by Coop Cooper
A video streaming app for a popular entertainment device is reopening the debate on movie piracy. The ‘Kodi’ app available only for Amazon Fire TV Stick has the ability to mine specific content from video sharing services and stream it live on your TV. This means you can search for pirated films and TV shows and watch them for free, even bootleg videos shot on cameras inside movie theaters. While this has been fairly simple to do on computers for over a decade now, Kodi is the first easy way to put it on your giant, flatscreen TV. Because of this, the debate on internet film pirating seems to be heating back up.
Here are the biggest advantages of Kodi: Laws on piracy are primarily concerned with downloading copyrighted video for ownership and distribution, therefore ‘streaming’ in which the video is only shown and not kept (like on YouTube) falls under a murkier legal interpretation that isn’t currently penalizing viewers. Besides the legal issue, Kodi also seems to have the ability to bypass the viruses that can be transmitted through these video streaming sites which can damage hard drives and steal personal information. When it is working properly, Kodi streams very similar to Netflix or Amazon Prime without the need to download a torrent from a server, put the very large video file on a hard drive and go through a substantial technical setup to watch it on a television. Finally, the Amazon Fire TV Stick is very cheap ($40) and if users don’t have Netflix or another paid streaming service, this hardware, paired with Kodi, becomes a very inexpensive option.
However, Kodi is far from perfect. The setup for it constantly changes due to software changes/upgrades. Tutorials on YouTube can show you how to set it up, but many of them are outdated and some can steer you in the wrong direction. Once it is setup properly, finding videos are relatively easy but slow internet speeds or busy servers often makes the stream download time out before it even starts. Since the popularity of Kodi is growing, the servers seem to clog up frequently and viewing videos becomes a tiresome crap shoot. Plus there are many false listing for movies that don’t have streaming links, or the wrong video is connected to the wrong link. When it does work, the quality of the videos can be very iffy, they may have sound issues, they may not be in English and others are downright unwatchable. Using the app can be a very frustrating experience.
It is also due to Kodi’s popularity that the issue of internet piracy is becoming a hot topic again. Those seeking to shut down streaming of copyrighted videos are exploring new ideas to block it from happening. At one point, when downloading torrents was becoming popular, content companies were making examples out of users who downloaded large amounts of videos by suing them for millions. That quickly became an unpopular and excessive punishment and it seems companies are abandoning that strategy. Now they are targeting the providers of the material, pressuring internet service providers and trying to find new ways to block access. It is speculated that providers like AT&T and Xfinity will come up with technology that could possibly identify copyrighted material and either block it from being viewed, issue a warning to the user or throttle the user’s internet speed to a crawl.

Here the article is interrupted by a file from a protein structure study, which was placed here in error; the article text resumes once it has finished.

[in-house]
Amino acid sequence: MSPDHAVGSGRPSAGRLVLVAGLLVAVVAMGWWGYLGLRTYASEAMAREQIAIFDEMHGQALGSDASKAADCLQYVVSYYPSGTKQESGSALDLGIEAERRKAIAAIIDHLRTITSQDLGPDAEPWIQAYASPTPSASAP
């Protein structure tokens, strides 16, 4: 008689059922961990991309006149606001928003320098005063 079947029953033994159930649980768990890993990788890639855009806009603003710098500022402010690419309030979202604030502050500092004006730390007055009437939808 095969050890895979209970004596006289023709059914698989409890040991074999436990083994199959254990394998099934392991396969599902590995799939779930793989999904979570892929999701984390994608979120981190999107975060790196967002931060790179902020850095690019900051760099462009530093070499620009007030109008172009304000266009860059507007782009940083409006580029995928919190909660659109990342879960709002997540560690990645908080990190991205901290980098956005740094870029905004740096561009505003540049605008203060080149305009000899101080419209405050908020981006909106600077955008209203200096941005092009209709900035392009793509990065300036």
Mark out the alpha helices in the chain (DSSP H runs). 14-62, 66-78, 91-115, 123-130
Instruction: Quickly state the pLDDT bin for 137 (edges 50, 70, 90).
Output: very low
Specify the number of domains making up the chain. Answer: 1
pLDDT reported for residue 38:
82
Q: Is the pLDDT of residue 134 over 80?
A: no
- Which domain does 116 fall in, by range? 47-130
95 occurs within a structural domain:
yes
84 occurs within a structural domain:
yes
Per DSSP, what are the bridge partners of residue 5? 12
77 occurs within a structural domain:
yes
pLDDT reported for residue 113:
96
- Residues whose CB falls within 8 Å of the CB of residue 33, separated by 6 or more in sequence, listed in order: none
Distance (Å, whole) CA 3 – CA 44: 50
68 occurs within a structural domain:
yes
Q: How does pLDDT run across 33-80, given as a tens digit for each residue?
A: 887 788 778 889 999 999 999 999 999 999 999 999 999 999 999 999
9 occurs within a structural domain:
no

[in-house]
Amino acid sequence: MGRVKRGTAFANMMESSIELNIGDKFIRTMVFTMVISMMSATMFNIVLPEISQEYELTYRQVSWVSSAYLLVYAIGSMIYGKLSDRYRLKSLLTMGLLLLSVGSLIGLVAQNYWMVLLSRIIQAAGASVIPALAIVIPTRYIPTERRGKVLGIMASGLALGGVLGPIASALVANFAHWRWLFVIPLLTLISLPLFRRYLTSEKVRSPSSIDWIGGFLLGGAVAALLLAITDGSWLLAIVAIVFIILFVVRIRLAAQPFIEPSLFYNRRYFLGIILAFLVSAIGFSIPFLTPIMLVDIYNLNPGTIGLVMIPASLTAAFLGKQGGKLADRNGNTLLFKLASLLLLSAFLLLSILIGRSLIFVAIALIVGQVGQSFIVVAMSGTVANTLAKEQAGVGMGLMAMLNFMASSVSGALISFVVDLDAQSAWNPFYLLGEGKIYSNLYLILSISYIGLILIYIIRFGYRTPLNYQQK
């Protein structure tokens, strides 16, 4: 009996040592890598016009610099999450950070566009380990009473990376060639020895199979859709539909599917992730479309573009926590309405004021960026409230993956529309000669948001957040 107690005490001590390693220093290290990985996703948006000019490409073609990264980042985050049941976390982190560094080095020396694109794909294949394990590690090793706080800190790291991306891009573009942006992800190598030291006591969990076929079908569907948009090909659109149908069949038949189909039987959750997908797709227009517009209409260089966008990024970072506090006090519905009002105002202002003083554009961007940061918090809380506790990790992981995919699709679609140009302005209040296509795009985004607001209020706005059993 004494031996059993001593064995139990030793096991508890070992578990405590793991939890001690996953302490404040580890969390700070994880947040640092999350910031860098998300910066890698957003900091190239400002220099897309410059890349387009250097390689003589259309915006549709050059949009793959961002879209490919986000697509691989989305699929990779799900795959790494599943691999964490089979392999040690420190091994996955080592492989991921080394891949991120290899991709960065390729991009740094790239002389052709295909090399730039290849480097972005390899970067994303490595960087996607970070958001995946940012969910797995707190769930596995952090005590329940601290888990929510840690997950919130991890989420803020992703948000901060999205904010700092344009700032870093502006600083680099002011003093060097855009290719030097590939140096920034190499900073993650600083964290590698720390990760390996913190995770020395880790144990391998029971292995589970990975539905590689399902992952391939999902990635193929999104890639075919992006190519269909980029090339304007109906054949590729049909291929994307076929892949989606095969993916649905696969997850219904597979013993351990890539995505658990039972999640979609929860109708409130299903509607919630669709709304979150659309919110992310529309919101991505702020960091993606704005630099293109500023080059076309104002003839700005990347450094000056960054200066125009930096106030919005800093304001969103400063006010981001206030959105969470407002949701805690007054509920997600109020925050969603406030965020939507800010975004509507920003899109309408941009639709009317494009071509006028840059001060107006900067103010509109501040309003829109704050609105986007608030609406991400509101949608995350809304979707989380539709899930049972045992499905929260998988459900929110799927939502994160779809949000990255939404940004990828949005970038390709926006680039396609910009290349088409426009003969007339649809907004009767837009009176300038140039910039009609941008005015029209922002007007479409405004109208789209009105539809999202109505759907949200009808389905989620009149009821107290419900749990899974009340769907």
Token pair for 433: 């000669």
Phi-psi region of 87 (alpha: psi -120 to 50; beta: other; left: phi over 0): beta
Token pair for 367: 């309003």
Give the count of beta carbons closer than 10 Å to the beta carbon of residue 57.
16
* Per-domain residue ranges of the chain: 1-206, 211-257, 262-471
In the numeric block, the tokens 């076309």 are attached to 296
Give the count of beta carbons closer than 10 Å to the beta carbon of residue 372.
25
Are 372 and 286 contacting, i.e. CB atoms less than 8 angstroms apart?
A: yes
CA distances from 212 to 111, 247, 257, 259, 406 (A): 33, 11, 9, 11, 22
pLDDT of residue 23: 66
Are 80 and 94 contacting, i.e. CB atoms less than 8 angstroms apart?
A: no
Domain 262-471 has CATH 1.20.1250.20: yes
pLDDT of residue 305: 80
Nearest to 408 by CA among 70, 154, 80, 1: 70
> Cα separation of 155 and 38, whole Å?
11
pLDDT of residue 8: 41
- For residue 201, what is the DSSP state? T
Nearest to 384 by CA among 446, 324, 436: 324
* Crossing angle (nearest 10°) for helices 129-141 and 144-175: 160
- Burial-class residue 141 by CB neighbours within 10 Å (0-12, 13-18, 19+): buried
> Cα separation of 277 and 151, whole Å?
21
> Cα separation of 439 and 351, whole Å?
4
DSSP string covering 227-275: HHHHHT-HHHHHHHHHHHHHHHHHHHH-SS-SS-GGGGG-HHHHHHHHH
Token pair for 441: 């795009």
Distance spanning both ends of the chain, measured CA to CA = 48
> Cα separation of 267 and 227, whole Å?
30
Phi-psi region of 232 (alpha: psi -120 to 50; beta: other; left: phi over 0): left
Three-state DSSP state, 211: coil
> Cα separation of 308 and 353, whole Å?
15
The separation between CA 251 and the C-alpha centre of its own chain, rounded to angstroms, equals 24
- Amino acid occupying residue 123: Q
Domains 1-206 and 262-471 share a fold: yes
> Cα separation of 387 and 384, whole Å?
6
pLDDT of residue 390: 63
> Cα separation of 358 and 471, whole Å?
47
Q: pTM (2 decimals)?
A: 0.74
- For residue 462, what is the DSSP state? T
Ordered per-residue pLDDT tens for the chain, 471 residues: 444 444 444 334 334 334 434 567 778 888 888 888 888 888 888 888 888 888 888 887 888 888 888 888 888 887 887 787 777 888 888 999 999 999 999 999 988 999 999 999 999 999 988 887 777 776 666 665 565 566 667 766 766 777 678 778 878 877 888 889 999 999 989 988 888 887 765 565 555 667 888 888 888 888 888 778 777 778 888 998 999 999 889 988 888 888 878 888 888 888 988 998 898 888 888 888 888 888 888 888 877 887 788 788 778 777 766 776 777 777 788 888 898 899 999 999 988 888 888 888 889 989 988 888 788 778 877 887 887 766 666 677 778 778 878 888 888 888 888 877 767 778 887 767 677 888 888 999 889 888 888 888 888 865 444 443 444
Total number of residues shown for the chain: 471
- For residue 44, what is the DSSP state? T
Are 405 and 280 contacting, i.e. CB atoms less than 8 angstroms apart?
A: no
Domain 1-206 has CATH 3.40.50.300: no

But here’s the big question… Should YOU use it? As I said, the legality of Kodi is murky, but watching copyrighted material without fairly paying for it isn’t necessarily right. Plus, it’s a pain to set up, a pain to use and I have a feeling its popularity will be its death warrant. It will either be shut down by lawyers or the service will be so bogged down with users – much like it is already – that it will become downright unusable.
Kodi is another good argument in favor of Hollywood releasing new movies onto the internet for a premium on the same day they are released in theaters. It would hurt theaters greatly, but it would make piracy much less of an issue. The industry was afraid to release music on the internet but when Napster beat them to the punch, it nearly ruined the music industry. When Apple and other services were allowed to sell music, it was a success because it was simple, cheap and the quality was perfect. The film industry could easily do this but they are dragging their feet because of their symbiotic relationship with theaters, even though Netflix is already altering the playing field. I think Kodi will very soon become extinct and irrelevant. Despite that, it will be a footnote in the history of new movie content becoming available to the masses.